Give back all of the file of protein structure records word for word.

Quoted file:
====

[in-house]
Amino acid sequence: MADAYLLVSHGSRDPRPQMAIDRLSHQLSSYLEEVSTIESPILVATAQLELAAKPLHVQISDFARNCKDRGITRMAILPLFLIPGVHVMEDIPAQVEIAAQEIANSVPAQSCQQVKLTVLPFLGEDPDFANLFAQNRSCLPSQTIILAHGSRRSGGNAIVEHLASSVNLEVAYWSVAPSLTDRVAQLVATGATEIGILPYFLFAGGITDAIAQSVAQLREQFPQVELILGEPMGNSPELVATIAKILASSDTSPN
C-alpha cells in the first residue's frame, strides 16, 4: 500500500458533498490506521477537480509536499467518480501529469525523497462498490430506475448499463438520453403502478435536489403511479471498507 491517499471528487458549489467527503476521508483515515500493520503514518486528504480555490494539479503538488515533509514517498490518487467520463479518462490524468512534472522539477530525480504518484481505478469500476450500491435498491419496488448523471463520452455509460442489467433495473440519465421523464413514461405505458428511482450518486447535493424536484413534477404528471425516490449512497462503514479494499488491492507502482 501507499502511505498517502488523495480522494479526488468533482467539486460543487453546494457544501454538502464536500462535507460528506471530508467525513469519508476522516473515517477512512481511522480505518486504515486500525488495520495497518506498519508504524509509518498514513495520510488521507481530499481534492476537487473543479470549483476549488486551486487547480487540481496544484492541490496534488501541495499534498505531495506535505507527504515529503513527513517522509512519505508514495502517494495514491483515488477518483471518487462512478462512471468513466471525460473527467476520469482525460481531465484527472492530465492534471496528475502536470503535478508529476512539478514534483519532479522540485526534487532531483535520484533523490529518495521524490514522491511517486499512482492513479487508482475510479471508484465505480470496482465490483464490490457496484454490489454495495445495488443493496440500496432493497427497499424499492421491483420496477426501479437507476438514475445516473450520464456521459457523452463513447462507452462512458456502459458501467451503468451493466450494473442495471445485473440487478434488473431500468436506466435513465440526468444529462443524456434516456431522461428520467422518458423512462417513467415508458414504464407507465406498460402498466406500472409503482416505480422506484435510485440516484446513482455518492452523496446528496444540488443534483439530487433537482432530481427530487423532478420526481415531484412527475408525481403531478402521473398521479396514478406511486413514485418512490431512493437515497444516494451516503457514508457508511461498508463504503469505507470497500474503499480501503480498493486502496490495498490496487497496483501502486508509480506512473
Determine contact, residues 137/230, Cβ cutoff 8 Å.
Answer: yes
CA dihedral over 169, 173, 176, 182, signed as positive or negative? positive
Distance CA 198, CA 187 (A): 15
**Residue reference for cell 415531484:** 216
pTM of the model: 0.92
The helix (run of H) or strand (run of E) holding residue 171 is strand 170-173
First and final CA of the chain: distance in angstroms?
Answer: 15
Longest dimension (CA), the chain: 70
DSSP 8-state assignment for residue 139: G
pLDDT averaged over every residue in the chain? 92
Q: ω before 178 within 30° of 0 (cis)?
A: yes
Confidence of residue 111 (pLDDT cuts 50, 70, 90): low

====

[in-house]
Amino acid sequence: MADAYLLVSHGSRDPRPQMAIDRLSHQLSSYLEEVSTIESPILVATAQLELAAKPLHVQISDFARNCKDRGITRMAILPLFLIPGVHVMEDIPAQVEIAAQEIANSVPAQSCQQVKLTVLPFLGEDPDFANLFAQNRSCLPSQTIILAHGSRRSGGNAIVEHLASSVNLEVAYWSVAPSLTDRVAQLVATGATEIGILPYFLFAGGITDAIAQSVAQLREQFPQVELILGEPMGNSPELVATIAKILASSDTSPN
C-alpha cells in the first residue's frame, strides 16, 4: 500500500458533498490506521477537480509536499467518480501529469525523497462498490430506475448499463438520453403502478435536489403511479471498507 491517499471528487458549489467527503476521508483515515500493520503514518486528504480555490494539479503538488515533509514517498490518487467520463479518462490524468512534472522539477530525480504518484481505478469500476450500491435498491419496488448523471463520452455509460442489467433495473440519465421523464413514461405505458428511482450518486447535493424536484413534477404528471425516490449512497462503514479494499488491492507502482 501507499502511505498517502488523495480522494479526488468533482467539486460543487453546494457544501454538502464536500462535507460528506471530508467525513469519508476522516473515517477512512481511522480505518486504515486500525488495520495497518506498519508504524509509518498514513495520510488521507481530499481534492476537487473543479470549483476549488486551486487547480487540481496544484492541490496534488501541495499534498505531495506535505507527504515529503513527513517522509512519505508514495502517494495514491483515488477518483471518487462512478462512471468513466471525460473527467476520469482525460481531465484527472492530465492534471496528475502536470503535478508529476512539478514534483519532479522540485526534487532531483535520484533523490529518495521524490514522491511517486499512482492513479487508482475510479471508484465505480470496482465490483464490490457496484454490489454495495445495488443493496440500496432493497427497499424499492421491483420496477426501479437507476438514475445516473450520464456521459457523452463513447462507452462512458456502459458501467451503468451493466450494473442495471445485473440487478434488473431500468436506466435513465440526468444529462443524456434516456431522461428520467422518458423512462417513467415508458414504464407507465406498460402498466406500472409503482416505480422506484435510485440516484446513482455518492452523496446528496444540488443534483439530487433537482432530481427530487423532478420526481415531484412527475408525481403531478402521473398521479396514478406511486413514485418512490431512493437515497444516494451516503457514508457508511461498508463504503469505507470497500474503499480501503480498493486502496490495498490496487497496483501502486508509480506512473
Determine contact, residues 137/230, Cβ cutoff 8 Å.
Answer: yes
CA dihedral over 169, 173, 176, 182, signed as positive or negative? positive
Distance CA 198, CA 187 (A): 15
**Residue reference for cell 415531484:** 216
pTM of the model: 0.92
The helix (run of H) or strand (run of E) holding residue 171 is strand 170-173
First and final CA of the chain: distance in angstroms?
Answer: 15
Longest dimension (CA), the chain: 70
DSSP 8-state assignment for residue 139: G
pLDDT averaged over every residue in the chain? 92
Q: ω before 178 within 30° of 0 (cis)?
A: yes
Confidence of residue 111 (pLDDT cuts 50, 70, 90): low